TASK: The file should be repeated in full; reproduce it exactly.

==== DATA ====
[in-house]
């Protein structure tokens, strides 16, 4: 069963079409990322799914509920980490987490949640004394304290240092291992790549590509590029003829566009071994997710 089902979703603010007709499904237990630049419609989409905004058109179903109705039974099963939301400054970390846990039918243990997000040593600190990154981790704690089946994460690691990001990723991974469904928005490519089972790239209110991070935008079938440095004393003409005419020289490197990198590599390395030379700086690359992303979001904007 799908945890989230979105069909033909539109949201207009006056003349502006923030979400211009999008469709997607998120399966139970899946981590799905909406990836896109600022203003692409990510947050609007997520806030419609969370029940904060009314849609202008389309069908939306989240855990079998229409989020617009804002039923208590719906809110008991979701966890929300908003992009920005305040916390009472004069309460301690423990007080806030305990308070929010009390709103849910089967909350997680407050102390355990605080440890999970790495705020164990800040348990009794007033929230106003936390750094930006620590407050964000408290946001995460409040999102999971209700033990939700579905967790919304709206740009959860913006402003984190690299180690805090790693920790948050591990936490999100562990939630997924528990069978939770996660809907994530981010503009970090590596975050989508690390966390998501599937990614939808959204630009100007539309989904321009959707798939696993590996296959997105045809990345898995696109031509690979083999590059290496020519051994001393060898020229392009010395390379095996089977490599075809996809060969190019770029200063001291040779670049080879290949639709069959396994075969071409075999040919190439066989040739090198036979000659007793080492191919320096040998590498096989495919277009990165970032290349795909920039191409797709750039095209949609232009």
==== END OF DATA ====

[in-house]
């Protein structure tokens, strides 16, 4: 069963079409990322799914509920980490987490949640004394304290240092291992790549590509590029003829566009071994997710 089902979703603010007709499904237990630049419609989409905004058109179903109705039974099963939301400054970390846990039918243990997000040593600190990154981790704690089946994460690691990001990723991974469904928005490519089972790239209110991070935008079938440095004393003409005419020289490197990198590599390395030379700086690359992303979001904007 799908945890989230979105069909033909539109949201207009006056003349502006923030979400211009999008469709997607998120399966139970899946981590799905909406990836896109600022203003692409990510947050609007997520806030419609969370029940904060009314849609202008389309069908939306989240855990079998229409989020617009804002039923208590719906809110008991979701966890929300908003992009920005305040916390009472004069309460301690423990007080806030305990308070929010009390709103849910089967909350997680407050102390355990605080440890999970790495705020164990800040348990009794007033929230106003936390750094930006620590407050964000408290946001995460409040999102999971209700033990939700579905967790919304709206740009959860913006402003984190690299180690805090790693920790948050591990936490999100562990939630997924528990069978939770996660809907994530981010503009970090590596975050989508690390966390998501599937990614939808959204630009100007539309989904321009959707798939696993590996296959997105045809990345898995696109031509690979083999590059290496020519051994001393060898020229392009010395390379095996089977490599075809996809060969190019770029200063001291040779670049080879290949639709069959396994075969071409075999040919190439066989040739090198036979000659007793080492191919320096040998590498096989495919277009990165970032290349795909920039191409797709750039095209949609232009």